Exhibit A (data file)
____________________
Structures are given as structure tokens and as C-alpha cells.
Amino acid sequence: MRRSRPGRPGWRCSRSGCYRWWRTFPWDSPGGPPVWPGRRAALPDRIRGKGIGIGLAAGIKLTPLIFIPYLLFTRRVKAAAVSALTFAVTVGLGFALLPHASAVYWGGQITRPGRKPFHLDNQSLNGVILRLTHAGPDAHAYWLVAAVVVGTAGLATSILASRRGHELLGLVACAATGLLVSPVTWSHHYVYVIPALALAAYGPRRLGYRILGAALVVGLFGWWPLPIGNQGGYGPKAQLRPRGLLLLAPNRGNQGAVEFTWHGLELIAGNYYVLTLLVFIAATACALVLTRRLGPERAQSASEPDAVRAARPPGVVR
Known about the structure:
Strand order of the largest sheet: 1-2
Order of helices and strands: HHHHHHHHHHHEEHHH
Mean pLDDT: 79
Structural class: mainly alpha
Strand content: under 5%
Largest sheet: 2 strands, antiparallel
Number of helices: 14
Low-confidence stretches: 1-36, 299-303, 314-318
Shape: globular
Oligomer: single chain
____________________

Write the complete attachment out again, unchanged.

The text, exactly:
Structures are given as structure tokens and as C-alpha cells.
Amino acid sequence: MRRSRPGRPGWRCSRSGCYRWWRTFPWDSPGGPPVWPGRRAALPDRIRGKGIGIGLAAGIKLTPLIFIPYLLFTRRVKAAAVSALTFAVTVGLGFALLPHASAVYWGGQITRPGRKPFHLDNQSLNGVILRLTHAGPDAHAYWLVAAVVVGTAGLATSILASRRGHELLGLVACAATGLLVSPVTWSHHYVYVIPALALAAYGPRRLGYRILGAALVVGLFGWWPLPIGNQGGYGPKAQLRPRGLLLLAPNRGNQGAVEFTWHGLELIAGNYYVLTLLVFIAATACALVLTRRLGPERAQSASEPDAVRAARPPGVVR
Known about the structure:
Strand order of the largest sheet: 1-2
Order of helices and strands: HHHHHHHHHHHEEHHH
Mean pLDDT: 79
Structural class: mainly alpha
Strand content: under 5%
Largest sheet: 2 strands, antiparallel
Number of helices: 14
Low-confidence stretches: 1-36, 299-303, 314-318
Shape: globular
Oligomer: single chain